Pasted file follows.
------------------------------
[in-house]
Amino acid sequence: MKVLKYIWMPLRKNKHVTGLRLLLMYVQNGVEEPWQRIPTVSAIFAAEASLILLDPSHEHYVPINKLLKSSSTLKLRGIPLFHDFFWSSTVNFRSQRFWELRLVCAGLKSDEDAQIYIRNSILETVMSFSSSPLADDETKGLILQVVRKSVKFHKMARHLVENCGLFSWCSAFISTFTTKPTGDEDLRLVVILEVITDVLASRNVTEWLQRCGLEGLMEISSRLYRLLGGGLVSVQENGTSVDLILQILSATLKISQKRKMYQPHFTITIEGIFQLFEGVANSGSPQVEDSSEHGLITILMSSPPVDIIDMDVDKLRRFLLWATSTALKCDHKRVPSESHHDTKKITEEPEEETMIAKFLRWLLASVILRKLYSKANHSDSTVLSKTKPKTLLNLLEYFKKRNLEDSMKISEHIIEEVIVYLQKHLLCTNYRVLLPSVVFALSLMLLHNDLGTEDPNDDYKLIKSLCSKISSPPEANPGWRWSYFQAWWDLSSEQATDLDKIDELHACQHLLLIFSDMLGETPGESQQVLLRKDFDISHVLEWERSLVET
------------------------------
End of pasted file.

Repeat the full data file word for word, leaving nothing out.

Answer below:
[in-house]
Amino acid sequence: MKVLKYIWMPLRKNKHVTGLRLLLMYVQNGVEEPWQRIPTVSAIFAAEASLILLDPSHEHYVPINKLLKSSSTLKLRGIPLFHDFFWSSTVNFRSQRFWELRLVCAGLKSDEDAQIYIRNSILETVMSFSSSPLADDETKGLILQVVRKSVKFHKMARHLVENCGLFSWCSAFISTFTTKPTGDEDLRLVVILEVITDVLASRNVTEWLQRCGLEGLMEISSRLYRLLGGGLVSVQENGTSVDLILQILSATLKISQKRKMYQPHFTITIEGIFQLFEGVANSGSPQVEDSSEHGLITILMSSPPVDIIDMDVDKLRRFLLWATSTALKCDHKRVPSESHHDTKKITEEPEEETMIAKFLRWLLASVILRKLYSKANHSDSTVLSKTKPKTLLNLLEYFKKRNLEDSMKISEHIIEEVIVYLQKHLLCTNYRVLLPSVVFALSLMLLHNDLGTEDPNDDYKLIKSLCSKISSPPEANPGWRWSYFQAWWDLSSEQATDLDKIDELHACQHLLLIFSDMLGETPGESQQVLLRKDFDISHVLEWERSLVET